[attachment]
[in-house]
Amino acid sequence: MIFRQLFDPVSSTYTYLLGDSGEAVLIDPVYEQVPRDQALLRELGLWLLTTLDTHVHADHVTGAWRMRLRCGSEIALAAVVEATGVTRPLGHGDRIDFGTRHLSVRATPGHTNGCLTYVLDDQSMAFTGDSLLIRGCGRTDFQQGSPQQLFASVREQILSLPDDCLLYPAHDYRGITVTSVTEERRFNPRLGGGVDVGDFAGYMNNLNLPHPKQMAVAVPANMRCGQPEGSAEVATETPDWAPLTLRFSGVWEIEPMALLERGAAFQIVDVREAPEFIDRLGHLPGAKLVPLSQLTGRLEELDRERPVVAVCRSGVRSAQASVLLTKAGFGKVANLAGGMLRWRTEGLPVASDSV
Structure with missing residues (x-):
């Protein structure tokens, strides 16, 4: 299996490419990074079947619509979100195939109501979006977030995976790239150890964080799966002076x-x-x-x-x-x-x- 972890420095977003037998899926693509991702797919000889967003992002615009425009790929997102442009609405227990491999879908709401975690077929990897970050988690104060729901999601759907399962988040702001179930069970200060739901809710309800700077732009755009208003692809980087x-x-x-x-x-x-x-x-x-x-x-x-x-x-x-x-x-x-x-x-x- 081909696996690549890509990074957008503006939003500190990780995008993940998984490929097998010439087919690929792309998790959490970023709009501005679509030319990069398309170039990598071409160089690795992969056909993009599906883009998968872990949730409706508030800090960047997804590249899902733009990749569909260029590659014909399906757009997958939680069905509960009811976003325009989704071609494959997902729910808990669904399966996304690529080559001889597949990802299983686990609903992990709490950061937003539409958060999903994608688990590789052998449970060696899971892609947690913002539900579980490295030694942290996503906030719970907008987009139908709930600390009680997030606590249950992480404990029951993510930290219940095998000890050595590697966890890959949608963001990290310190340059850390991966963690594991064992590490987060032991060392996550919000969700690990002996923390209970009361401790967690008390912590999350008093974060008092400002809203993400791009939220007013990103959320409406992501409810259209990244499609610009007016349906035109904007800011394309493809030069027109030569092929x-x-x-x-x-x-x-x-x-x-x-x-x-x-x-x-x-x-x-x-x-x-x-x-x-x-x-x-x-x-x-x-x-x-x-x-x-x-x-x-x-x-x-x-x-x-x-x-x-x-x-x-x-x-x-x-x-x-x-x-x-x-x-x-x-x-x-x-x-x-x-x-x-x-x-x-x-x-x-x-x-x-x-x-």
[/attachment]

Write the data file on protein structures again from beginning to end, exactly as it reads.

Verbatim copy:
[in-house]
Amino acid sequence: MIFRQLFDPVSSTYTYLLGDSGEAVLIDPVYEQVPRDQALLRELGLWLLTTLDTHVHADHVTGAWRMRLRCGSEIALAAVVEATGVTRPLGHGDRIDFGTRHLSVRATPGHTNGCLTYVLDDQSMAFTGDSLLIRGCGRTDFQQGSPQQLFASVREQILSLPDDCLLYPAHDYRGITVTSVTEERRFNPRLGGGVDVGDFAGYMNNLNLPHPKQMAVAVPANMRCGQPEGSAEVATETPDWAPLTLRFSGVWEIEPMALLERGAAFQIVDVREAPEFIDRLGHLPGAKLVPLSQLTGRLEELDRERPVVAVCRSGVRSAQASVLLTKAGFGKVANLAGGMLRWRTEGLPVASDSV
Structure with missing residues (x-):
């Protein structure tokens, strides 16, 4: 299996490419990074079947619509979100195939109501979006977030995976790239150890964080799966002076x-x-x-x-x-x-x- 972890420095977003037998899926693509991702797919000889967003992002615009425009790929997102442009609405227990491999879908709401975690077929990897970050988690104060729901999601759907399962988040702001179930069970200060739901809710309800700077732009755009208003692809980087x-x-x-x-x-x-x-x-x-x-x-x-x-x-x-x-x-x-x-x-x- 081909696996690549890509990074957008503006939003500190990780995008993940998984490929097998010439087919690929792309998790959490970023709009501005679509030319990069398309170039990598071409160089690795992969056909993009599906883009998968872990949730409706508030800090960047997804590249899902733009990749569909260029590659014909399906757009997958939680069905509960009811976003325009989704071609494959997902729910808990669904399966996304690529080559001889597949990802299983686990609903992990709490950061937003539409958060999903994608688990590789052998449970060696899971892609947690913002539900579980490295030694942290996503906030719970907008987009139908709930600390009680997030606590249950992480404990029951993510930290219940095998000890050595590697966890890959949608963001990290310190340059850390991966963690594991064992590490987060032991060392996550919000969700690990002996923390209970009361401790967690008390912590999350008093974060008092400002809203993400791009939220007013990103959320409406992501409810259209990244499609610009007016349906035109904007800011394309493809030069027109030569092929x-x-x-x-x-x-x-x-x-x-x-x-x-x-x-x-x-x-x-x-x-x-x-x-x-x-x-x-x-x-x-x-x-x-x-x-x-x-x-x-x-x-x-x-x-x-x-x-x-x-x-x-x-x-x-x-x-x-x-x-x-x-x-x-x-x-x-x-x-x-x-x-x-x-x-x-x-x-x-x-x-x-x-x-």